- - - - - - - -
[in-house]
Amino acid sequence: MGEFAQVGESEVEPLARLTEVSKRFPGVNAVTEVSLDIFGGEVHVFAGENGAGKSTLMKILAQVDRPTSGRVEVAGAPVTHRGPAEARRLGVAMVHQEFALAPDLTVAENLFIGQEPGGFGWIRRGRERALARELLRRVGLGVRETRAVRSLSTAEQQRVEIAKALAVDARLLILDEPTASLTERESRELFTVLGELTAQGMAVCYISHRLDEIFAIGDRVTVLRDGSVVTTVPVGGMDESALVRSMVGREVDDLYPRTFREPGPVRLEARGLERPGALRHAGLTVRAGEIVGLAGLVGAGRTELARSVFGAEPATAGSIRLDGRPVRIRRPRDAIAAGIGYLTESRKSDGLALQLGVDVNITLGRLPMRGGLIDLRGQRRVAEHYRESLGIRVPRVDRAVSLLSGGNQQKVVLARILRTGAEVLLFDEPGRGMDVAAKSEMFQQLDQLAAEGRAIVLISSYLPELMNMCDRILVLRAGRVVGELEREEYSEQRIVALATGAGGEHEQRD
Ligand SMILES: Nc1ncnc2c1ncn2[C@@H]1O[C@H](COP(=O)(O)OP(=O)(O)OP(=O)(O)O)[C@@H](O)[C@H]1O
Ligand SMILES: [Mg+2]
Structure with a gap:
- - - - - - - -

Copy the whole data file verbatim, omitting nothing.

[in-house]
Amino acid sequence: MGEFAQVGESEVEPLARLTEVSKRFPGVNAVTEVSLDIFGGEVHVFAGENGAGKSTLMKILAQVDRPTSGRVEVAGAPVTHRGPAEARRLGVAMVHQEFALAPDLTVAENLFIGQEPGGFGWIRRGRERALARELLRRVGLGVRETRAVRSLSTAEQQRVEIAKALAVDARLLILDEPTASLTERESRELFTVLGELTAQGMAVCYISHRLDEIFAIGDRVTVLRDGSVVTTVPVGGMDESALVRSMVGREVDDLYPRTFREPGPVRLEARGLERPGALRHAGLTVRAGEIVGLAGLVGAGRTELARSVFGAEPATAGSIRLDGRPVRIRRPRDAIAAGIGYLTESRKSDGLALQLGVDVNITLGRLPMRGGLIDLRGQRRVAEHYRESLGIRVPRVDRAVSLLSGGNQQKVVLARILRTGAEVLLFDEPGRGMDVAAKSEMFQQLDQLAAEGRAIVLISSYLPELMNMCDRILVLRAGRVVGELEREEYSEQRIVALATGAGGEHEQRD
Ligand SMILES: Nc1ncnc2c1ncn2[C@@H]1O[C@H](COP(=O)(O)OP(=O)(O)OP(=O)(O)O)[C@@H](O)[C@H]1O
Ligand SMILES: [Mg+2]
Structure with a gap: